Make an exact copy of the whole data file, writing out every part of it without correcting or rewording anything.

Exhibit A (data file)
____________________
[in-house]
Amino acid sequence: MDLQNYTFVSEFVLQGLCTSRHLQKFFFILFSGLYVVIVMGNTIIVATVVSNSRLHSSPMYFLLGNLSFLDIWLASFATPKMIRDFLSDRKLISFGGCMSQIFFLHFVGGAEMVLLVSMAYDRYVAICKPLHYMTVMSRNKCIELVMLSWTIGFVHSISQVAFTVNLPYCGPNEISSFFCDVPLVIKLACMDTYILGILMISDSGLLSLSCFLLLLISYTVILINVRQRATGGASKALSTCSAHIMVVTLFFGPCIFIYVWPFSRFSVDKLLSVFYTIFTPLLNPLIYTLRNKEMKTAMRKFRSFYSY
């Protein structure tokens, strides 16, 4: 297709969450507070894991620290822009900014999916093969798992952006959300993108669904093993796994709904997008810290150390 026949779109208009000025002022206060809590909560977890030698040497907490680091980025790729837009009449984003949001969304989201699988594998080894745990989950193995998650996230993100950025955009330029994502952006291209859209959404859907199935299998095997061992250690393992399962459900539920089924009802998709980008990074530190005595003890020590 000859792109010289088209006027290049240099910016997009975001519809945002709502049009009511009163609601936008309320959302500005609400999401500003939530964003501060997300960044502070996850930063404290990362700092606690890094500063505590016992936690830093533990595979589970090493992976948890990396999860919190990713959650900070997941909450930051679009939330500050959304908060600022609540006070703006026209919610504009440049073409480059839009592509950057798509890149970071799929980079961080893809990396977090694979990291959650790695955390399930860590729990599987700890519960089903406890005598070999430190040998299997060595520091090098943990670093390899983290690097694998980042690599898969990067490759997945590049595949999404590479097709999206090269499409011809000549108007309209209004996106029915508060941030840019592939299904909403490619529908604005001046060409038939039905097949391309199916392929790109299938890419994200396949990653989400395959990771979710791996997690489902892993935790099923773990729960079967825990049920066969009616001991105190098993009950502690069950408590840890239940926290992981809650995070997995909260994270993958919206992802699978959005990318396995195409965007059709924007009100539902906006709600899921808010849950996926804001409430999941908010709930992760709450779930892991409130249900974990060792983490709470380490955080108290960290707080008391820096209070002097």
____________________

[in-house]
Amino acid sequence: MDLQNYTFVSEFVLQGLCTSRHLQKFFFILFSGLYVVIVMGNTIIVATVVSNSRLHSSPMYFLLGNLSFLDIWLASFATPKMIRDFLSDRKLISFGGCMSQIFFLHFVGGAEMVLLVSMAYDRYVAICKPLHYMTVMSRNKCIELVMLSWTIGFVHSISQVAFTVNLPYCGPNEISSFFCDVPLVIKLACMDTYILGILMISDSGLLSLSCFLLLLISYTVILINVRQRATGGASKALSTCSAHIMVVTLFFGPCIFIYVWPFSRFSVDKLLSVFYTIFTPLLNPLIYTLRNKEMKTAMRKFRSFYSY
């Protein structure tokens, strides 16, 4: 297709969450507070894991620290822009900014999916093969798992952006959300993108669904093993796994709904997008810290150390 026949779109208009000025002022206060809590909560977890030698040497907490680091980025790729837009009449984003949001969304989201699988594998080894745990989950193995998650996230993100950025955009330029994502952006291209859209959404859907199935299998095997061992250690393992399962459900539920089924009802998709980008990074530190005595003890020590 000859792109010289088209006027290049240099910016997009975001519809945002709502049009009511009163609601936008309320959302500005609400999401500003939530964003501060997300960044502070996850930063404290990362700092606690890094500063505590016992936690830093533990595979589970090493992976948890990396999860919190990713959650900070997941909450930051679009939330500050959304908060600022609540006070703006026209919610504009440049073409480059839009592509950057798509890149970071799929980079961080893809990396977090694979990291959650790695955390399930860590729990599987700890519960089903406890005598070999430190040998299997060595520091090098943990670093390899983290690097694998980042690599898969990067490759997945590049595949999404590479097709999206090269499409011809000549108007309209209004996106029915508060941030840019592939299904909403490619529908604005001046060409038939039905097949391309199916392929790109299938890419994200396949990653989400395959990771979710791996997690489902892993935790099923773990729960079967825990049920066969009616001991105190098993009950502690069950408590840890239940926290992981809650995070997995909260994270993958919206992802699978959005990318396995195409965007059709924007009100539902906006709600899921808010849950996926804001409430999941908010709930992760709450779930892991409130249900974990060792983490709470380490955080108290960290707080008391820096209070002097």